An Overview of Acute Vs Chronic Insomnia


Expert perspectives on how patients may present differently with acute vs chronic insomnia.


Michael J. Thorpy, MD: Hello, and welcome to this Neurology Live® Peer Exchange titled “Unmet Needs in Treating Insomnia.” I’m Dr Michael Thorpy, the director of the Sleep-Wake Disorders Center at Monefiore Medical Center and a professor of neurology at Albert Einstein College of Medicine in the Bronx, New York. Joining me in this discussion are my colleagues Dr Karl Doghramji, a professor of psychiatry, neurology, and medicine at Jefferson Medical College of Thomas Jefferson University in Philadelphia [Pennsylvania]; Dr Erinn Beagin, an internal medicine practitioner specializing in general practice and preventive care in Princeton, New Jersey; Dr Nathaniel Fletcher Watson, the director of the Sleep Medicine Clinic at Harborview at the University of Washington in Seattle, Washington; and Dr Vikas Jain, chief executive officer of Dream [Adult & Pediatric] Sleep Medicine in Frisco, Texas. Today we’re going to discuss a number of topics pertaining to insomnia, including the diagnosis and clinical manifestations, nonpharmacological management, as well as pharmacological treatment options and the potential new drugs on the horizon. Welcome, everyone. Let’s get started.

First, we’ll discuss the unmet needs in treating insomnia, and we’ll discuss acute and chronic insomnia. We know that insomnia can occur suddenly for many people, and there are many people who have ongoing and chronic insomnia. The symptoms are a little different between when it occurs for the first time and when people who’ve had symptoms that began suddenly or for long time. I’m going to ask my colleague Erinn to talk a little about the symptoms of insomnia, what people suffer from, and what she sees in her office when people come in complaining about insomnia. Also, I’m going to discuss the difference between primary and secondary insomnia, terms that we don’t use so much these days. We rarely talk about comorbid conditions, but Erinn will discuss that. Erinn?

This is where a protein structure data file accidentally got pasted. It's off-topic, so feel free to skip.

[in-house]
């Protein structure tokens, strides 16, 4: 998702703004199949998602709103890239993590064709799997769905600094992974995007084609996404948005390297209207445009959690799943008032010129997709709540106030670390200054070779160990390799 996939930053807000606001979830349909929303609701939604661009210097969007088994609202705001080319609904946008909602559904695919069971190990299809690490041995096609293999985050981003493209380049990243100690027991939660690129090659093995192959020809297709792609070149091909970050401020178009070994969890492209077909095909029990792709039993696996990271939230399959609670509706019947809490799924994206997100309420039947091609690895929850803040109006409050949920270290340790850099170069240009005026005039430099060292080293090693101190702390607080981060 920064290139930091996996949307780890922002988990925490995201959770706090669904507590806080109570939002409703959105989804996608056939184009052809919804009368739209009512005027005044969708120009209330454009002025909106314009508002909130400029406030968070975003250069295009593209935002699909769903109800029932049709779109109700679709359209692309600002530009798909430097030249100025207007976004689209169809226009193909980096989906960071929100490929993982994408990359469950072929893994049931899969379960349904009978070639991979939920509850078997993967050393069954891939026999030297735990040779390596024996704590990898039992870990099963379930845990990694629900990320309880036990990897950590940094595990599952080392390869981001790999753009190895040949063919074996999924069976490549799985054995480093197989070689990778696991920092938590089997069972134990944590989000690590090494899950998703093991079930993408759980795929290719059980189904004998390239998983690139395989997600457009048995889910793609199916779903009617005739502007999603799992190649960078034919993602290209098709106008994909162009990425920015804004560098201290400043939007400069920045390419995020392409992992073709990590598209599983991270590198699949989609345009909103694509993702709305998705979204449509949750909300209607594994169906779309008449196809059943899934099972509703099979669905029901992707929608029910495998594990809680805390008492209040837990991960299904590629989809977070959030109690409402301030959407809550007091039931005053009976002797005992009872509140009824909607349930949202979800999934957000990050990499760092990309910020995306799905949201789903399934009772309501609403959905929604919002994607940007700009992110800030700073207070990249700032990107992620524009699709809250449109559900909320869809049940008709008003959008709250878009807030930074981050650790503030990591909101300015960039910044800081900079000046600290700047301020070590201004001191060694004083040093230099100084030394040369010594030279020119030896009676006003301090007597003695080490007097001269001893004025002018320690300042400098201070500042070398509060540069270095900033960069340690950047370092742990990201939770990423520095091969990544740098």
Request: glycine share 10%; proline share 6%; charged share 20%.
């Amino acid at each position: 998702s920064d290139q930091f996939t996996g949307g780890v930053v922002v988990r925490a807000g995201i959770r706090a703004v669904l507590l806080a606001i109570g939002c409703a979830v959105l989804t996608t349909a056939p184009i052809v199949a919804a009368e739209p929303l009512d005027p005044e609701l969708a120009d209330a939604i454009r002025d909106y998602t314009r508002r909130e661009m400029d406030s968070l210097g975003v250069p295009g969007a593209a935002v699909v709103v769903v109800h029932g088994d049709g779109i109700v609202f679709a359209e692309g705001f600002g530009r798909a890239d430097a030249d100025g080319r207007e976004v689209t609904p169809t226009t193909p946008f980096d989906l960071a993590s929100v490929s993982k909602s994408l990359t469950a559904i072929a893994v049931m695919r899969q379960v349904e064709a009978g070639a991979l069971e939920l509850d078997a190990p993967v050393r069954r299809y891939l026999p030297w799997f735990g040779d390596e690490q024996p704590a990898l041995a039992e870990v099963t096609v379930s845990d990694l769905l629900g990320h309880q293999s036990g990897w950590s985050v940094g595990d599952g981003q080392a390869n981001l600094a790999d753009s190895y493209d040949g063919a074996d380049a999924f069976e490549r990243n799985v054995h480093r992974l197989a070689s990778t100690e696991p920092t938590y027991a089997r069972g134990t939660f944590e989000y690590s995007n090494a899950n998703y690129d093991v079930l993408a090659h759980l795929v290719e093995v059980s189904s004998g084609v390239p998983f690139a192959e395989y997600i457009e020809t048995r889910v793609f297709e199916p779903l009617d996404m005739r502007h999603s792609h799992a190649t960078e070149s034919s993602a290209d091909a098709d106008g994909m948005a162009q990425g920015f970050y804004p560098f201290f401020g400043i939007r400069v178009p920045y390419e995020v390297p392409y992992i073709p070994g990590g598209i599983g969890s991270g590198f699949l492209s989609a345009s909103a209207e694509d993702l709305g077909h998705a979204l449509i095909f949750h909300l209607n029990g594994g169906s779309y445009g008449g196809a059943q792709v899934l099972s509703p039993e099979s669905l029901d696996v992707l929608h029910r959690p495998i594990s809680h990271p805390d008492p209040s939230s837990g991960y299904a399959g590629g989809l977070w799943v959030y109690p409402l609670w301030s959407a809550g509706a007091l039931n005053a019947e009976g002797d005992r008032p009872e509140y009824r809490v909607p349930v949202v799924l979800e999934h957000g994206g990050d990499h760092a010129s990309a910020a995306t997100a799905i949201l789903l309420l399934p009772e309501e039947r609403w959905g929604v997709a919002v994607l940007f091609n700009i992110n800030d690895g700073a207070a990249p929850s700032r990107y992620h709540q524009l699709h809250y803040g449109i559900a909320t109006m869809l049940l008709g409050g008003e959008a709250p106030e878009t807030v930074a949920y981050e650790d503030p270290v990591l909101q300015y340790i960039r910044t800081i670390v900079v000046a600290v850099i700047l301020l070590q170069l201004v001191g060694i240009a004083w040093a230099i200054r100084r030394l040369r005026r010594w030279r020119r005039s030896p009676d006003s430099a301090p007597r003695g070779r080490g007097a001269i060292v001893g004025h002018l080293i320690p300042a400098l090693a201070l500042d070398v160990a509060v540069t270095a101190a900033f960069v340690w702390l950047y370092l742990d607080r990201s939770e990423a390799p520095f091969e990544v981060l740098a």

Erinn E. Beagin, MD: In my practice, often times I’ll have people come in with 2 different complaints for insomnia. Some people will come in saying, “Something happened in my life. There’s been some precipitating event, and I can’t sleep—I lost my job, my kids went to school, COVID-19 has hit.” They’re having trouble sleeping. And it’s becoming an issue and that’s what we would call acute insomnia. By definition it has to be less than 3 months. Typically, it’s been going on for a few days or few weeks. Any stressor—psychosocial, work related, family related, even anxiety or depression—may have started up.

Chronic insomnia is when somebody will come to me and say, “I haven’t been able to sleep for months.” Often times they come in complaining, “I haven’t been able to sleep for year. I’ve been a poor sleeper for many years. All my life…I never was a good sleeper.” By definition chronic insomnia is having trouble sleeping 3 or more nights per week for 3 or more months. The course can wax and wane, so sometimes they’ll say, “I was able to sleep 2 nights in a row, but then I had 2 nights where I just can’t sleep at all. It’s driving me nuts.” There also can be some variability. They might have better weeks months and then it can get worse.

Primary vs secondary has really fallen out of favor. We used to say that if you have depression or if you have anxiety, then it’s secondary insomnia. Primary insomnia was if you had no other comorbidities; then you’d be classified as a primary insomniac. Very difficult to get that. Most people have other comorbidities, so we don’t use that anymore as much as acute and chronic. We’ve also learned a lot in saying that we need to treat the insomnia as well as the comorbid condition.

A lot of research has come down saying even if you treat the comorbid condition, a lot of times the insomnia persists. That’s a problem where patients come back and say, “I’ve seen a therapist. I’m treating my anxiety.” Or “I’ve seen a cardiologist. My congestive heart failure is better. My COPD [chronic obstructive pulmonary disease] is better. But I still can’t sleep.” Thus, instead of just assigning it to secondary, we’re treating the insomnia as well as the comorbidities.

Michael J. Thorpy, MD: Thank you.

Transcript edited for clarity.

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